Wall Street's surge creates optimism

March 12, 2008 11:46:36 AM PDT
It's too early to say whether today will be a turning point for the economy, but not since July 24th, 2002, has Wall Street been so optimistic.

The Dow Jones Industrials shot up 416 points Tuesday -- back above the 12,000 mark. The NASDAQ rose 86 points and the Bloomberg Silicon Valley Index added 17.

The buying spree was triggered when the Federal Reserve agreed to ease the cash crunch by making $200 billion dollars in treasury securities available to banks and brokerages.

The Federal Reserve is often called the bank of last resort. Stepping in is a sign of a need to restore order to the financial markets, and that interest rate cuts alone won't turn things around.

A two-bedroom, two-bath condo in San Francisco just went on the market for $1.1 million. It could be one of the first benefactors of the Fed's action. A buyer is likely to find a lender willing to provide a loan because the Fed will step in and back that loan with treasury bills.

"I think the Fed is saying we have confidence in the real estate marketplace. We're willing to accept some risk that investors are not, and it is going to be providing more liquidity -- that is, more money for home loans," says the former president of the San Francisco Association of Realtors, John Asdourian.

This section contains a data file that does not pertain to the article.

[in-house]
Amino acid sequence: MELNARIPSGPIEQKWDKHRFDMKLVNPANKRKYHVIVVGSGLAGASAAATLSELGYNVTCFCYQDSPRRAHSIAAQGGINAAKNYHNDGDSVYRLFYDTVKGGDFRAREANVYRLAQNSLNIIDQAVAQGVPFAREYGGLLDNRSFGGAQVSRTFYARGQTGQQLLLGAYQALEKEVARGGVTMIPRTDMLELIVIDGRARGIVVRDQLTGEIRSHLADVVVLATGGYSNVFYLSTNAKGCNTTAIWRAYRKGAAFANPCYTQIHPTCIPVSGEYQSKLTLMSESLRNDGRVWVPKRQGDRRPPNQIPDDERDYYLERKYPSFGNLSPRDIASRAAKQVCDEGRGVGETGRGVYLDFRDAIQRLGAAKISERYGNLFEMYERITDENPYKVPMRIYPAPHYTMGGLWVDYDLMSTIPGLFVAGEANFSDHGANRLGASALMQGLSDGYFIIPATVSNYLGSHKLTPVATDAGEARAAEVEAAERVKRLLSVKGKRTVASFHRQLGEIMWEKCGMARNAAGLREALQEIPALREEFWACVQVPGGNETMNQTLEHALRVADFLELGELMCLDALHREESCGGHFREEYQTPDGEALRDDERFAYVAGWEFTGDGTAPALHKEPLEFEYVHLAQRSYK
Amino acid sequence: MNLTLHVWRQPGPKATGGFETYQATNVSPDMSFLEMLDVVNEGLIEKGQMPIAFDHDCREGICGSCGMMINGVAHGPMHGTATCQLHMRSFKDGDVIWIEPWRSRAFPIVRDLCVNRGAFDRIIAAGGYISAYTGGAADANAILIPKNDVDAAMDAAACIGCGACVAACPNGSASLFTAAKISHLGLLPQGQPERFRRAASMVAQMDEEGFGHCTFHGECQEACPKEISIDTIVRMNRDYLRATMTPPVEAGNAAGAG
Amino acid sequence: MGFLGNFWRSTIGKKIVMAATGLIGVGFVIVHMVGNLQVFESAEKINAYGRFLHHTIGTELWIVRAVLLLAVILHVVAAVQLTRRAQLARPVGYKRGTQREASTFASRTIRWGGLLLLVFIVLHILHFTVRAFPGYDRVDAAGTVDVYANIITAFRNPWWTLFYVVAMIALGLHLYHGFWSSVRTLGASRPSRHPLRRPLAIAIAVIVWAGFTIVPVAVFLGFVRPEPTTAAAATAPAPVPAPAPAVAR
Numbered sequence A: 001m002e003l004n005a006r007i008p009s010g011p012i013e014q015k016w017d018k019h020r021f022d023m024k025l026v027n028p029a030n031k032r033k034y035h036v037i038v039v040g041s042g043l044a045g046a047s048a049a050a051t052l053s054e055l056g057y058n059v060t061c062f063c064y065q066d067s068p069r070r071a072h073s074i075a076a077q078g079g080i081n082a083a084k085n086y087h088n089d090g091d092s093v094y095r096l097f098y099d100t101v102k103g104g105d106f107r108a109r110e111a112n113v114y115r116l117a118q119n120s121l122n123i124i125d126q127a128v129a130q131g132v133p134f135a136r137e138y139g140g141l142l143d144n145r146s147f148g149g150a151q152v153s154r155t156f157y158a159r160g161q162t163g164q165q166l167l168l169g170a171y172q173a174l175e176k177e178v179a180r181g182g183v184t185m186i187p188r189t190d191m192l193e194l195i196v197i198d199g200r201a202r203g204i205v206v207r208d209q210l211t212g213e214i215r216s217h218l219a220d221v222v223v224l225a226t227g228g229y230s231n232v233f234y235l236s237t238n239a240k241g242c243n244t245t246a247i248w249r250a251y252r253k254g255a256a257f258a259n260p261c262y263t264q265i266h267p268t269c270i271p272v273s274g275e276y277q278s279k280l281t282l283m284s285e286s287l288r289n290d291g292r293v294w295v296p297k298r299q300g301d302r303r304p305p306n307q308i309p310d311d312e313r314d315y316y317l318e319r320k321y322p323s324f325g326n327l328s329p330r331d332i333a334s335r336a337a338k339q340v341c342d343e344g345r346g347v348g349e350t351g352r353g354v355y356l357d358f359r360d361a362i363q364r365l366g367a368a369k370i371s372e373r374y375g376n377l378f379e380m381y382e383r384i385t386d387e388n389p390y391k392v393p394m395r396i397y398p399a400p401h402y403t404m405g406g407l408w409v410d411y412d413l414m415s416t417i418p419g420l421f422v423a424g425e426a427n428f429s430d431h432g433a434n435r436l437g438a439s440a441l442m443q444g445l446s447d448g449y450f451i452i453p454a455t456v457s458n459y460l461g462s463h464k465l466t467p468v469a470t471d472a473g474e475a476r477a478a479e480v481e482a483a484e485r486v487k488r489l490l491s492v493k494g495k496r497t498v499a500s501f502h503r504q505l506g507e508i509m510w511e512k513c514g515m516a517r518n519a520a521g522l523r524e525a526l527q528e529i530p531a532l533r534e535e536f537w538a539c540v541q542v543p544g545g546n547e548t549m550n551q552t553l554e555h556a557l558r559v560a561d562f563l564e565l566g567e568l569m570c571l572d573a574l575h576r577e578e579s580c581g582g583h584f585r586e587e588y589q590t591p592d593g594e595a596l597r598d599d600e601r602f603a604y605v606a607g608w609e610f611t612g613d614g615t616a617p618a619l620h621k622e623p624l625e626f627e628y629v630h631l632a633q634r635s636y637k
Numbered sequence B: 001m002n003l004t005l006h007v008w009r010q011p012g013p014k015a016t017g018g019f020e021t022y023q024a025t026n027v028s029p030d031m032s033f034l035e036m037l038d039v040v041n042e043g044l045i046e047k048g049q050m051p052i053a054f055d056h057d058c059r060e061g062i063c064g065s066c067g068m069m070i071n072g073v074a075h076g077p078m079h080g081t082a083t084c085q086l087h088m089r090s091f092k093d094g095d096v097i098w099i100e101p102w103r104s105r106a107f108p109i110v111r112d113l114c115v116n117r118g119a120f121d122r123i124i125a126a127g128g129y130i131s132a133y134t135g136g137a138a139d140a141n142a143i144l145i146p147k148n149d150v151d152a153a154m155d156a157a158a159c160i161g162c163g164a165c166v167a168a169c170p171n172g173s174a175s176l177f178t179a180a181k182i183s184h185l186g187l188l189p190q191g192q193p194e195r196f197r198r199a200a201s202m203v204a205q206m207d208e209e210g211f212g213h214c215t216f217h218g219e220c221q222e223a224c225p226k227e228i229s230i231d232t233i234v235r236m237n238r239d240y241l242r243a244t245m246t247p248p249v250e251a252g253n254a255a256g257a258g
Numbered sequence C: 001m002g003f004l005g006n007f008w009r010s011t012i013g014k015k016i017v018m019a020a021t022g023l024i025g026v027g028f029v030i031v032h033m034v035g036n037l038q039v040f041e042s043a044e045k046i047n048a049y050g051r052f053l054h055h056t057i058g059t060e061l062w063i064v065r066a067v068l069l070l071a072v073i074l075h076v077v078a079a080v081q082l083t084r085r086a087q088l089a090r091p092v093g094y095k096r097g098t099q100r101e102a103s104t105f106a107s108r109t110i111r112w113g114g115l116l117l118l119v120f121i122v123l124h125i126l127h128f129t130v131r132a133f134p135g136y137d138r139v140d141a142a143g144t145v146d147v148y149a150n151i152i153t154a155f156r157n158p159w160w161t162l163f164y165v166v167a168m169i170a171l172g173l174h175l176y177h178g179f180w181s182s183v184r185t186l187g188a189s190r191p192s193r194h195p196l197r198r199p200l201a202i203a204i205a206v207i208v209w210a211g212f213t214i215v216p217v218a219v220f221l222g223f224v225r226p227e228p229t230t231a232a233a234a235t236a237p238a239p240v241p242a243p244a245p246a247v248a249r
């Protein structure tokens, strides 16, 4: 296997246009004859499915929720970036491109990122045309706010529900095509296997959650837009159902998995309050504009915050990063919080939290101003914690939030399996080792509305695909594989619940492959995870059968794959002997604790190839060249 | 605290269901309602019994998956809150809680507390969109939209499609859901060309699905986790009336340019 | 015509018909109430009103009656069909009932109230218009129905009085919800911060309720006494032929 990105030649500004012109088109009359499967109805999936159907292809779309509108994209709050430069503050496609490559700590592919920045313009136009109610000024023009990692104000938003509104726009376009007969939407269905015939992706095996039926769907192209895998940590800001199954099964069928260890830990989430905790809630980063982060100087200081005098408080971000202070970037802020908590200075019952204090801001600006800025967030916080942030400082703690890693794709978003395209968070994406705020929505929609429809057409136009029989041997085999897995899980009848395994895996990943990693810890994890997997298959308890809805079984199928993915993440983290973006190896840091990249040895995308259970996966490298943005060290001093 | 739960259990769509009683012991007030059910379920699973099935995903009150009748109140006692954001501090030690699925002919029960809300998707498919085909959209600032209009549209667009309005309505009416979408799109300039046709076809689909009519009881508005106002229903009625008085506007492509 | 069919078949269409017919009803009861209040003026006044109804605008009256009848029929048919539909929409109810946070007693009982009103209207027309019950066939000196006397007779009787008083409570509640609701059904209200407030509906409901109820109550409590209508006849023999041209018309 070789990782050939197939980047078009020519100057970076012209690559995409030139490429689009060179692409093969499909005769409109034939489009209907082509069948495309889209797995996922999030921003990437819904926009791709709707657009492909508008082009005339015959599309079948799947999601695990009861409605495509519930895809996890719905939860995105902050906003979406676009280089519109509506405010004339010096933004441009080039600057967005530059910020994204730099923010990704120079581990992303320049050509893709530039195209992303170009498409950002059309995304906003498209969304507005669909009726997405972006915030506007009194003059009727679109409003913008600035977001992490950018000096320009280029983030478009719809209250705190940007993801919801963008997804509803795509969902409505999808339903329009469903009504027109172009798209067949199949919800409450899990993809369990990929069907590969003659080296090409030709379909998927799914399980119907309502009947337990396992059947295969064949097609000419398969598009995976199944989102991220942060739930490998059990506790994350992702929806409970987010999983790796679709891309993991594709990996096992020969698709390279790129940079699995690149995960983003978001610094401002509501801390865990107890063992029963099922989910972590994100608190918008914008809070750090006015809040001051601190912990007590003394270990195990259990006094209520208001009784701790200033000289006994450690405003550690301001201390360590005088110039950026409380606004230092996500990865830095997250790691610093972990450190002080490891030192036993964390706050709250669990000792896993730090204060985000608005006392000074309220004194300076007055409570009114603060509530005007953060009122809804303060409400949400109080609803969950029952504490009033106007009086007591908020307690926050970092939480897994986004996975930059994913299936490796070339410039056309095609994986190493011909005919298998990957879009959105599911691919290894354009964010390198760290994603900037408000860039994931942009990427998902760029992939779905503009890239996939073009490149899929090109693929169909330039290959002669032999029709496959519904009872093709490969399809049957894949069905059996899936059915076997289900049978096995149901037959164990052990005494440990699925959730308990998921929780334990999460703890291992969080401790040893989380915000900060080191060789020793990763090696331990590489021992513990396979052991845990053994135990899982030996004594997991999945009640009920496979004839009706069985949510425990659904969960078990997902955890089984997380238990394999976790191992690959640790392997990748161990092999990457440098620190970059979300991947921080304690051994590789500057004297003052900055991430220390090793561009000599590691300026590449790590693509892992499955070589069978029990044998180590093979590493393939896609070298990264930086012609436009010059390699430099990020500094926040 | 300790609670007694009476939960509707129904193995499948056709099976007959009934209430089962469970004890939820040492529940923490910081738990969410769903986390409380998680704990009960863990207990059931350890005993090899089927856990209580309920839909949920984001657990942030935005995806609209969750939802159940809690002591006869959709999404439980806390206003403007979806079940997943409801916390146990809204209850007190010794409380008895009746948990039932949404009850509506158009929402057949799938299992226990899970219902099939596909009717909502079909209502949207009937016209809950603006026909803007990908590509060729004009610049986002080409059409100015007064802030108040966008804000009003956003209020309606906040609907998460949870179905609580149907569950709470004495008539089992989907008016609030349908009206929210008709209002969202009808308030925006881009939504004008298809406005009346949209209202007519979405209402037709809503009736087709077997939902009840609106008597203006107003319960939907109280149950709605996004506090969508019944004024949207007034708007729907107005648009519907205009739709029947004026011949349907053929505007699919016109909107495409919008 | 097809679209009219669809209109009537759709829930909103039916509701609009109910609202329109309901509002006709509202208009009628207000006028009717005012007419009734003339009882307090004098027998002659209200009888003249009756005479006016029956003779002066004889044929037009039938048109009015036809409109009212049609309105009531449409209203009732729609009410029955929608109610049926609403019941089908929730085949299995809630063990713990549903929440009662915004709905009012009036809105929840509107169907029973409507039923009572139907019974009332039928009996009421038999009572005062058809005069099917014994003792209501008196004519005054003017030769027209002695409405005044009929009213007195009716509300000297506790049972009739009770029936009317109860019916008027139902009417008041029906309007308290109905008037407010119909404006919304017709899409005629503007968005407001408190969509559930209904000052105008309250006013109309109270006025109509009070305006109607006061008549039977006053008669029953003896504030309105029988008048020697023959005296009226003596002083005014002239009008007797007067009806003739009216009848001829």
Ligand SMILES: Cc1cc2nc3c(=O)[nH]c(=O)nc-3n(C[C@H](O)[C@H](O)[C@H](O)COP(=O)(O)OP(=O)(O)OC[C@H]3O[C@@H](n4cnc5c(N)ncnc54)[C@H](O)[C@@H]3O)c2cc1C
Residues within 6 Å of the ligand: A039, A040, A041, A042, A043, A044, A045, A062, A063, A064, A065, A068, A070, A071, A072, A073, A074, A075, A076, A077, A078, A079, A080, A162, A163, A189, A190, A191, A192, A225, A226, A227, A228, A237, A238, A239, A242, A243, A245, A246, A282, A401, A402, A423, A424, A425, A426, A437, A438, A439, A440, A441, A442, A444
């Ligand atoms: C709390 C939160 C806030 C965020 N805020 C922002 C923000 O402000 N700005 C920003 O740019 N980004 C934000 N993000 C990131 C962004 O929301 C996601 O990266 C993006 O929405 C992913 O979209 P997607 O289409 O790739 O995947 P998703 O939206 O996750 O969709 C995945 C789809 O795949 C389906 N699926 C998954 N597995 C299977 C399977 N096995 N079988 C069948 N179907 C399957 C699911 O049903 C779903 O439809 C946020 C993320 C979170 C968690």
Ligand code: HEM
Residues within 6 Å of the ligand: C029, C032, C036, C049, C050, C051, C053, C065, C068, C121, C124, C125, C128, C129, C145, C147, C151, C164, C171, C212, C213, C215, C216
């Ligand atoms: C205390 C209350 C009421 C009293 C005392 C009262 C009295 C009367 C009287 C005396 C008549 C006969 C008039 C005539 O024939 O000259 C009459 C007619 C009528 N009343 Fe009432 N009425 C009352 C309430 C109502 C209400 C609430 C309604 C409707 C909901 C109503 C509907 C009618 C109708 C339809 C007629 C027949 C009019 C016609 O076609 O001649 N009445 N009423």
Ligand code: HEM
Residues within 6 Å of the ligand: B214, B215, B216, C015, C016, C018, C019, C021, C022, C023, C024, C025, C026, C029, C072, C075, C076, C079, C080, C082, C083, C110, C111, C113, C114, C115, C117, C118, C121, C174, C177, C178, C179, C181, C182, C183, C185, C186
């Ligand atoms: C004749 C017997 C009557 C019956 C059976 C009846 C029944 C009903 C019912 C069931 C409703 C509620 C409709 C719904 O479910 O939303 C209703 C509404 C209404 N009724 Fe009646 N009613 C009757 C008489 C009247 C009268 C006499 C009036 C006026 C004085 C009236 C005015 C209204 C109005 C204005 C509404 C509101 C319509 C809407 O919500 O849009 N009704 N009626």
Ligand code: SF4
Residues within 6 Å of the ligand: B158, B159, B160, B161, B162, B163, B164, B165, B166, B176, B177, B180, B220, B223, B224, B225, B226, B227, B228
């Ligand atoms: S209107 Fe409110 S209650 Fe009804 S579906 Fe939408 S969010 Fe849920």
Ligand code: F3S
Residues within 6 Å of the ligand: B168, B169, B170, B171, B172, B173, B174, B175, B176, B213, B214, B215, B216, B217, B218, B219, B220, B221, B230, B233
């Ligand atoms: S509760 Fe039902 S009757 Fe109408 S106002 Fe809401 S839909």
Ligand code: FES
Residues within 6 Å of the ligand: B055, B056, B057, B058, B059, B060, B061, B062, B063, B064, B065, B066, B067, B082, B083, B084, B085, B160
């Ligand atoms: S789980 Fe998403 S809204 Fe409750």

Lenders have tightened credit, making it difficult to get mortgages, even for credit-worthy buyers. That's because investors have been shying away from buying those loans with foreclosures on the rise. Gary Schlossberg, senior economist at Wells Capital Management, says the Fed's intervention should fix that.

"Now you have collateral. Now you have backing. You can go into the market and hopefully borrow more easily or fund more easily."

What the Fed's action doesn't do is stop the slump in home prices.

Les Muranyi is a bank analyst with the Canadian rating agency, DBRS.

"Home prices have to adjust even more downward because the relationship between peoples' earnings and the home prices are still out of kilt," says Muranyi.

The Fed's intervention is not a bailout. It is a major step toward putting home ownership and lending back on their feet.

"A number of lenders have gone out of business. Huge multi-national lending institutions have been dramatically downsized, so there's been a lot of pain. It'll be awhile before they go back to those careless days," says Asdourian.

The Fed's job isn't over. It has to watch for inflation -- a major concern with the price of food, gas and oil rising rapidly. And it has to keep the economy from slowing and even slipping into recession until those stimulus checks arrive in the mail.